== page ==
When Gov. Bill Walker presented his budget in December, $100 million was all he could come up with for spending cuts. Anything beyond that would likely "crash" the Alaska economy; also, his budget would not balance without a host of new taxes on everything from fish to liquor.
Among those new revenues he sought, he proposed an income tax -- calculated at 6 percent of what you and I pay to the federal government, if indeed we are fortunate enough to have enough taxable income.
Things have changed for the worst since his budget was released and the subsequent fall revenue forecast was made public on Dec. 30.Read more
March 22, 2016 is another sad day in Europe. Three Islamic terrorists took the lives of nearly three dozen innocent people and wounded many more.
Unfortunately, this was neither an isolated incident nor can we expect it to be the last. Many of Europe’s countries have opened their doors to a flood of refugees. Most of these immigrants are very likely seeking a new and peaceful existence, but the truth is that these waves of people had evil Islamic extremists within their ranks. The attacks in France, Spain, Turkey, and Belgium are ample evidence that ISIS and like vermin have infiltrated Europe.Read more
The case that moose hunter John Sturgeon brought against the National Park Service led to an historic decision today, but the U.S. Supreme Court made a narrow decision and punted the question of state sovereignty back to the Ninth Circuit:
We do not reach the remainder of the parties’ arguments. In particular, we do not decide whether the Nation River qualifies as “public land” for purposes of ANILCA. Sturgeon claims that it does not; the Park Service that it does. The parties’ arguments in this respect touch on vital issues of state sovereignty, on the one hand, and federal authority, on the other. We find that in this case those issues should be addressed by the lower courts in the first instance.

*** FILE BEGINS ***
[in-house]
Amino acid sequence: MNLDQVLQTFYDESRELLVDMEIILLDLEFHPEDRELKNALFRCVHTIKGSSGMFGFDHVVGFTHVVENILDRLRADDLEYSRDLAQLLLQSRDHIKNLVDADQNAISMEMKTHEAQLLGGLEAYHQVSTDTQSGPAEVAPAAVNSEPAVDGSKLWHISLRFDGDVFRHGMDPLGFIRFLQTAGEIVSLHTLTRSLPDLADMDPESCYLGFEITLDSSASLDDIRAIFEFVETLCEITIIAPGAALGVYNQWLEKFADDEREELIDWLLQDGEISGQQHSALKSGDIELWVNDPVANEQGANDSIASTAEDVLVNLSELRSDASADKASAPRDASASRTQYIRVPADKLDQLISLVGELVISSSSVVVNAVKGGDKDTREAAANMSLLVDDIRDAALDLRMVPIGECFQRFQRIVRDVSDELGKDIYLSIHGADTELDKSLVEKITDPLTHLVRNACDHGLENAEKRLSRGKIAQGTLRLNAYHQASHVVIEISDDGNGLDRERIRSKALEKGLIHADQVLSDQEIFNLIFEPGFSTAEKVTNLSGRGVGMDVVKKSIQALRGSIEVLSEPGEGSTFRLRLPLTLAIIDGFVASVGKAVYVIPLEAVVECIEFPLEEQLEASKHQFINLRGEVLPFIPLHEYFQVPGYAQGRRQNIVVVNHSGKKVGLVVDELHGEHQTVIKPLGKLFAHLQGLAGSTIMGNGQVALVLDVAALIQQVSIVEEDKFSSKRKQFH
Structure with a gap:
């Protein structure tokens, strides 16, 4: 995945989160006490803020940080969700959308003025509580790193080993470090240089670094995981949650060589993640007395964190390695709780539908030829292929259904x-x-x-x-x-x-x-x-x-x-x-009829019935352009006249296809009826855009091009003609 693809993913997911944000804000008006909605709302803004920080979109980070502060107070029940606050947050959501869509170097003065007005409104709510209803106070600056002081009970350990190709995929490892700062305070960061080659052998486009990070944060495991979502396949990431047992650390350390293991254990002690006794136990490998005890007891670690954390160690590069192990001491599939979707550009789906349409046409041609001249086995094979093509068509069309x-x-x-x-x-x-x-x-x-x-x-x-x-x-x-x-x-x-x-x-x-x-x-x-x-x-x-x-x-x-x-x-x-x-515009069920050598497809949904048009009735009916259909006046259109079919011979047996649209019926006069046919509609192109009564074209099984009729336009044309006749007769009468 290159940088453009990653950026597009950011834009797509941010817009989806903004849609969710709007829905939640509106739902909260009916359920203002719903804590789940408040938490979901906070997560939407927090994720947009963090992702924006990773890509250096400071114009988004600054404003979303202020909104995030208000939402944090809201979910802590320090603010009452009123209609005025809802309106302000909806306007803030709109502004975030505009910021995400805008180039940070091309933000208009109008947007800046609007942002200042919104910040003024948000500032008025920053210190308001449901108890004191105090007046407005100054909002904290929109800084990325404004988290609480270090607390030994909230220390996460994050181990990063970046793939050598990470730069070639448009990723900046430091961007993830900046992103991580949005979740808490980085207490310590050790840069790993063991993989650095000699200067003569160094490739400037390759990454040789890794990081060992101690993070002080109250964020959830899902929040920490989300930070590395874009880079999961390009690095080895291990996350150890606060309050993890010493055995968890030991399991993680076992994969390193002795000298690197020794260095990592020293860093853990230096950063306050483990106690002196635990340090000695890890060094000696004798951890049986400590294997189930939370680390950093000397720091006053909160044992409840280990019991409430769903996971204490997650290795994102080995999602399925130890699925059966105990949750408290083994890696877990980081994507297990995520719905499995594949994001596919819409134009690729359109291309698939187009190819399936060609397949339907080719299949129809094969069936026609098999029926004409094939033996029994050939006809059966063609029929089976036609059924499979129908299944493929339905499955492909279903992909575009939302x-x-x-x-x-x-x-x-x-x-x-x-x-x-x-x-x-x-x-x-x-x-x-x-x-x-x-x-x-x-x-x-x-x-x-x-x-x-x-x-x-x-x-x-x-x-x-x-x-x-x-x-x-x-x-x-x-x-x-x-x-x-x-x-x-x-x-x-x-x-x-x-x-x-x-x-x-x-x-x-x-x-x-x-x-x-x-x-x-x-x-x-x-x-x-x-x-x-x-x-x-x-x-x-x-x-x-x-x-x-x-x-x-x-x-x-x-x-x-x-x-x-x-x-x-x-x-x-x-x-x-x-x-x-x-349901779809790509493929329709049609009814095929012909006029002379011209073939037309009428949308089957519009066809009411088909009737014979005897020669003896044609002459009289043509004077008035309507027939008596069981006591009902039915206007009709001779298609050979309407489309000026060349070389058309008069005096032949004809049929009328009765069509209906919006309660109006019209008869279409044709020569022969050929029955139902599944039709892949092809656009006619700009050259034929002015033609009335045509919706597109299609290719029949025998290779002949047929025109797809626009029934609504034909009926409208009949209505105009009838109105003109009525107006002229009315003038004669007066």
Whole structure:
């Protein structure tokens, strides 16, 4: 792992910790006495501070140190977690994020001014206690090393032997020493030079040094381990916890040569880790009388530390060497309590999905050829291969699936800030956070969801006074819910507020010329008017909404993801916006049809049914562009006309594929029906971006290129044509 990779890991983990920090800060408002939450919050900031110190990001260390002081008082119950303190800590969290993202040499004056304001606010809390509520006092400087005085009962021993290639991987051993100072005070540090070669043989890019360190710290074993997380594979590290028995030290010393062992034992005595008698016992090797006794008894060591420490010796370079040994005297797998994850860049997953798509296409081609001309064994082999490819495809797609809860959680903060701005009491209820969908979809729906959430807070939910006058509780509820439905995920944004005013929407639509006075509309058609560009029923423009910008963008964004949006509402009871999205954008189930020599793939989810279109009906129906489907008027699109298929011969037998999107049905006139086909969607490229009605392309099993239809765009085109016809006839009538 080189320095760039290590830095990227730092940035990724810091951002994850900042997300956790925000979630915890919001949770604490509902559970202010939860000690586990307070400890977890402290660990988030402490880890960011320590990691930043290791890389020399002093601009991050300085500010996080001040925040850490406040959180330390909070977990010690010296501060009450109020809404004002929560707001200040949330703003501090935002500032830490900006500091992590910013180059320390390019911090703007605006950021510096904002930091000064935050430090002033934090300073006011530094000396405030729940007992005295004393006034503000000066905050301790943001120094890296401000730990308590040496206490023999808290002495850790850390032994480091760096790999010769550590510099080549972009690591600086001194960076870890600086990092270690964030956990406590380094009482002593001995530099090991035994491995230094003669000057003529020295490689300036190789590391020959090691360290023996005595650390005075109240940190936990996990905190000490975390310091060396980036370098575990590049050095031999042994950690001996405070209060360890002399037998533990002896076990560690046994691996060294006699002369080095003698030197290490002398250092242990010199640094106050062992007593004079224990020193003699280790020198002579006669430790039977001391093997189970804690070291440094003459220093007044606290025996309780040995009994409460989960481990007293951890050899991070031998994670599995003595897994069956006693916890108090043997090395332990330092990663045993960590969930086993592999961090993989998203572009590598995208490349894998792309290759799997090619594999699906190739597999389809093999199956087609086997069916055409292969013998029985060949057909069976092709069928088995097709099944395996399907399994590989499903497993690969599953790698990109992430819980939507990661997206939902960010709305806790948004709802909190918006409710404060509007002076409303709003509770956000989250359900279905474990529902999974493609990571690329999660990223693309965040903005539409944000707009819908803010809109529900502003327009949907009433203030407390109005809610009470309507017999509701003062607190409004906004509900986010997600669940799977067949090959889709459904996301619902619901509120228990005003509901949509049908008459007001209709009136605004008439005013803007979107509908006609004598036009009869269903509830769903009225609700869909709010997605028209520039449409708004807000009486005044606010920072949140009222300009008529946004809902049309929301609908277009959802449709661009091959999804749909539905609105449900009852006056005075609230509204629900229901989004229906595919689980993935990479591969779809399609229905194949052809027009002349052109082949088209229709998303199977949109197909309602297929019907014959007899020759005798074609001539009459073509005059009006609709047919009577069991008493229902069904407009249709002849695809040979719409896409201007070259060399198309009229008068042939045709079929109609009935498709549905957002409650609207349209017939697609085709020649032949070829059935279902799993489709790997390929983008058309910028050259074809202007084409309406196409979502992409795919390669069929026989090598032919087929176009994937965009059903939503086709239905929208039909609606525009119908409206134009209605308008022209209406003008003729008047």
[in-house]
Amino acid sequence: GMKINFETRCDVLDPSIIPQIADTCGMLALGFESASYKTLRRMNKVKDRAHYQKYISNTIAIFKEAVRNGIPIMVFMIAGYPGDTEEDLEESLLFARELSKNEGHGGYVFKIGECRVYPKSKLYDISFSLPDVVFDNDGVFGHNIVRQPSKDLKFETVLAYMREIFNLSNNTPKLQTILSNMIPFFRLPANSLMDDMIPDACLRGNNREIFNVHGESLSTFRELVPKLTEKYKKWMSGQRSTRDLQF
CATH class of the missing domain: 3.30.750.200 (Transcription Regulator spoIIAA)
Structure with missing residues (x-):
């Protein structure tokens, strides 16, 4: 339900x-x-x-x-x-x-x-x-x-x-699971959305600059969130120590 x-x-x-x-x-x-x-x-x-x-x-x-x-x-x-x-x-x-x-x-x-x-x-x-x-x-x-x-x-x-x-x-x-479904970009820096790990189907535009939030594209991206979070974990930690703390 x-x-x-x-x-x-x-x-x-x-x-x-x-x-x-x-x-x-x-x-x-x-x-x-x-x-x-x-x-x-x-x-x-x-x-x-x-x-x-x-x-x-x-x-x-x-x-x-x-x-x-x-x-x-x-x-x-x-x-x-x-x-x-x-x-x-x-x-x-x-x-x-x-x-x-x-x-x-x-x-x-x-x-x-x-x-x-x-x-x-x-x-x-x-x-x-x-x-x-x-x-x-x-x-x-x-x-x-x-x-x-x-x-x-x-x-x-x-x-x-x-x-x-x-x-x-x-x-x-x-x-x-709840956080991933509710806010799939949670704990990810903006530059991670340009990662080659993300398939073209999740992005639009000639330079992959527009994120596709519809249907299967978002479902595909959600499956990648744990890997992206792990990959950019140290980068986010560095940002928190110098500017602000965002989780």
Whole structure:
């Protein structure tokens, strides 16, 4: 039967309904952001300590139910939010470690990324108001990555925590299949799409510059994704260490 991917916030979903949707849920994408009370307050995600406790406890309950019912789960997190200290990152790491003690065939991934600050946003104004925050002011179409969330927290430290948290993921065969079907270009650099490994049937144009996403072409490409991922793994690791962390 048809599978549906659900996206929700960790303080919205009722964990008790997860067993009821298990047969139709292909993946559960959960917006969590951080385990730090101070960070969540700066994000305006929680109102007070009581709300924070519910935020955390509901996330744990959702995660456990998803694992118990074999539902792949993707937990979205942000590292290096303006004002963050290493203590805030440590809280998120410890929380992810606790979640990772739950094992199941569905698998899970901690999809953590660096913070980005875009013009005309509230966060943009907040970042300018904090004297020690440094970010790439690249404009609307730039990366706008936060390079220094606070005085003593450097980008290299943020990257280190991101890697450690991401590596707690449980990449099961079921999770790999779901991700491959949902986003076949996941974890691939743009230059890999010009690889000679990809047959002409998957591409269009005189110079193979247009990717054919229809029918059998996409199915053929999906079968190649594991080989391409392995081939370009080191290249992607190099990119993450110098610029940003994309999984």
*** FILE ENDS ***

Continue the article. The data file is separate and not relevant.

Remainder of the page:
"From the beginning, a unified front has argued that the National Park Service has overstepped its boundaries through a wholesale neglect of ANILCA and the many provisions that protect Alaska’s sovereignty," said U.S. Representative Don Young.
"While the Supreme Court stopped short of reaching a conclusion today, they went to great lengths to describe the uniqueness of Alaska and the historical context in which ANILCA prescribes exceptions to the status quo federal management – recognizing 'the simple truth that Alaska is often the exception, not the rule,'" Young said.
Activist Craig Compeau had several suggestions for Gov. Bill Walker as a result of the ruling, including having the state assert its right to all historic and present-use trails under RS 2477 and stopping all memoranda of understanding with the federal government in order to review them in light of today's decision. In his press conference, the governor thanked Compeau for his suggestions and moved on to the next question.
Today's U.S. Supreme Court reversal of the Ninth Circuit Court of Appeals decision has made Alaskan John Sturgeon into a giant-slayer.
Back in 2007, Sturgeon was on the Nation River in the middle of the Yukon-Charley Rivers National Preserve, using a hovercraft to get to place to hunt moose, as he had since 1991.
But the National Park Service rangers he encountered that beautiful fall day decided he could not use his small rubber boat (which had broken down) because it was too noisy for a national park.